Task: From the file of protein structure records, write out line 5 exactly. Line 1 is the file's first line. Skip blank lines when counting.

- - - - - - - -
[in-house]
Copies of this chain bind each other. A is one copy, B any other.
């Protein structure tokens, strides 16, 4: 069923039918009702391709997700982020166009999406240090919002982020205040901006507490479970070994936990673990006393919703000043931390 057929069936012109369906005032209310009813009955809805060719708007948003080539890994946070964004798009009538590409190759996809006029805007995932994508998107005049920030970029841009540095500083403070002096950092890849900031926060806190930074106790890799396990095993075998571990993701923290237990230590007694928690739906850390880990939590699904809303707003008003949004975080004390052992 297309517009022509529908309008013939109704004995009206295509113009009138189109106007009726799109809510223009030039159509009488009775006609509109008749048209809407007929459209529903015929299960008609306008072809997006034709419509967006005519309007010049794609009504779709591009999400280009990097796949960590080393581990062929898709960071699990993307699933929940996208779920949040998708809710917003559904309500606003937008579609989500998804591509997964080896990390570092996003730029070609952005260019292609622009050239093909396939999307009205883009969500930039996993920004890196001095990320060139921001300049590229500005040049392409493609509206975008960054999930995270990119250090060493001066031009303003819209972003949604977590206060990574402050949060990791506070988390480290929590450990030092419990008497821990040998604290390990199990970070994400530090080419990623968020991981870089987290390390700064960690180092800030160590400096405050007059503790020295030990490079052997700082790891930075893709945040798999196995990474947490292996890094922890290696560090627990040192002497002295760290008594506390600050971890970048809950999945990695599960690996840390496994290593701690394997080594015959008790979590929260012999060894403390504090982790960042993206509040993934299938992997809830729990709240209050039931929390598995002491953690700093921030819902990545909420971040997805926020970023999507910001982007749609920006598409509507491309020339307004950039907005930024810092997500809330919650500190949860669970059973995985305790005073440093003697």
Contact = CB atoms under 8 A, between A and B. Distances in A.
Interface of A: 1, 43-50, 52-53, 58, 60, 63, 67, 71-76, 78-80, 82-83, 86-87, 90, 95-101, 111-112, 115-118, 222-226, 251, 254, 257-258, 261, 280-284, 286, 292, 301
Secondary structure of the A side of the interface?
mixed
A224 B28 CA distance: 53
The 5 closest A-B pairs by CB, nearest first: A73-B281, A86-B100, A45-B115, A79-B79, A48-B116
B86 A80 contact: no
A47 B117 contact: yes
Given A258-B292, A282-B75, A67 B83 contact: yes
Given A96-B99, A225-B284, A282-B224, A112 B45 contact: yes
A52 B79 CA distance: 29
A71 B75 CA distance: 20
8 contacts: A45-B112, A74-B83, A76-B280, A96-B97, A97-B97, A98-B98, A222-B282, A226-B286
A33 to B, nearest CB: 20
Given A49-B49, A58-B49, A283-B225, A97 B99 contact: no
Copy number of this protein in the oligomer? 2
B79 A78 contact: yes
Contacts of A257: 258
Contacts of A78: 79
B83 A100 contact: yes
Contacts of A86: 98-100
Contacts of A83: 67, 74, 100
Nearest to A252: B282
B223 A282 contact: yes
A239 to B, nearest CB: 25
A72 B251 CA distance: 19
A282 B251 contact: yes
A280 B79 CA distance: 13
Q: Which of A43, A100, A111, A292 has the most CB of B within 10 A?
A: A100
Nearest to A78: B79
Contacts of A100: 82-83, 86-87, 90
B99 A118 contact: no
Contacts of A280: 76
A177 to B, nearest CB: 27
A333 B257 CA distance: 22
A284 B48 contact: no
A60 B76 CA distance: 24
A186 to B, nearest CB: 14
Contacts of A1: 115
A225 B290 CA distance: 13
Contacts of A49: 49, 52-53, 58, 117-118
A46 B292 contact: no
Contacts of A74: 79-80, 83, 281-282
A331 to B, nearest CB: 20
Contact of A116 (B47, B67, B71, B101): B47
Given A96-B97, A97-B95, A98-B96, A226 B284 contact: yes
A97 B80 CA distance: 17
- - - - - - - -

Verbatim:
Interface of A: 1, 43-50, 52-53, 58, 60, 63, 67, 71-76, 78-80, 82-83, 86-87, 90, 95-101, 111-112, 115-118, 222-226, 251, 254, 257-258, 261, 280-284, 286, 292, 301